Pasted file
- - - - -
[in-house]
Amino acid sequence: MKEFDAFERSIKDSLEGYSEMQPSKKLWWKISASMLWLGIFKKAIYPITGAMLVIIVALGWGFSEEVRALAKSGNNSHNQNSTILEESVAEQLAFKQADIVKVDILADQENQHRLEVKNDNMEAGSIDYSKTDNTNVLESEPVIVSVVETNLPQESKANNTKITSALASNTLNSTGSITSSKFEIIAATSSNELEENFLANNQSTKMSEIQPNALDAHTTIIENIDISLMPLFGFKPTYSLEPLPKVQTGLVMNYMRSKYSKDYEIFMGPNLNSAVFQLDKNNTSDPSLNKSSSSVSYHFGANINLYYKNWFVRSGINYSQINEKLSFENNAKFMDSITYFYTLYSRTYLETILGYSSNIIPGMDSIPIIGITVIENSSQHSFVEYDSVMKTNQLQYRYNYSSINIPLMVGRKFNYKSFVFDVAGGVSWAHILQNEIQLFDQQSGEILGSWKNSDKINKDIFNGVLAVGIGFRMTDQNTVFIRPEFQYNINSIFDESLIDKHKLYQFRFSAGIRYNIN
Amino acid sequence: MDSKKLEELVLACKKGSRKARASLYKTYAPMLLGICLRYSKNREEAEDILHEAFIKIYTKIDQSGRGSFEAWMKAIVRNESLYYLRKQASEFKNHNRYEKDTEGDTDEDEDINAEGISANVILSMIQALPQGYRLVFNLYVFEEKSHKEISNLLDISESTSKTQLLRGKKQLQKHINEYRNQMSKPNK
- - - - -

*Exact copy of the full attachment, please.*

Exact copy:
[in-house]
Amino acid sequence: MKEFDAFERSIKDSLEGYSEMQPSKKLWWKISASMLWLGIFKKAIYPITGAMLVIIVALGWGFSEEVRALAKSGNNSHNQNSTILEESVAEQLAFKQADIVKVDILADQENQHRLEVKNDNMEAGSIDYSKTDNTNVLESEPVIVSVVETNLPQESKANNTKITSALASNTLNSTGSITSSKFEIIAATSSNELEENFLANNQSTKMSEIQPNALDAHTTIIENIDISLMPLFGFKPTYSLEPLPKVQTGLVMNYMRSKYSKDYEIFMGPNLNSAVFQLDKNNTSDPSLNKSSSSVSYHFGANINLYYKNWFVRSGINYSQINEKLSFENNAKFMDSITYFYTLYSRTYLETILGYSSNIIPGMDSIPIIGITVIENSSQHSFVEYDSVMKTNQLQYRYNYSSINIPLMVGRKFNYKSFVFDVAGGVSWAHILQNEIQLFDQQSGEILGSWKNSDKINKDIFNGVLAVGIGFRMTDQNTVFIRPEFQYNINSIFDESLIDKHKLYQFRFSAGIRYNIN
Amino acid sequence: MDSKKLEELVLACKKGSRKARASLYKTYAPMLLGICLRYSKNREEAEDILHEAFIKIYTKIDQSGRGSFEAWMKAIVRNESLYYLRKQASEFKNHNRYEKDTEGDTDEDEDINAEGISANVILSMIQALPQGYRLVFNLYVFEEKSHKEISNLLDISESTSKTQLLRGKKQLQKHINEYRNQMSKPNK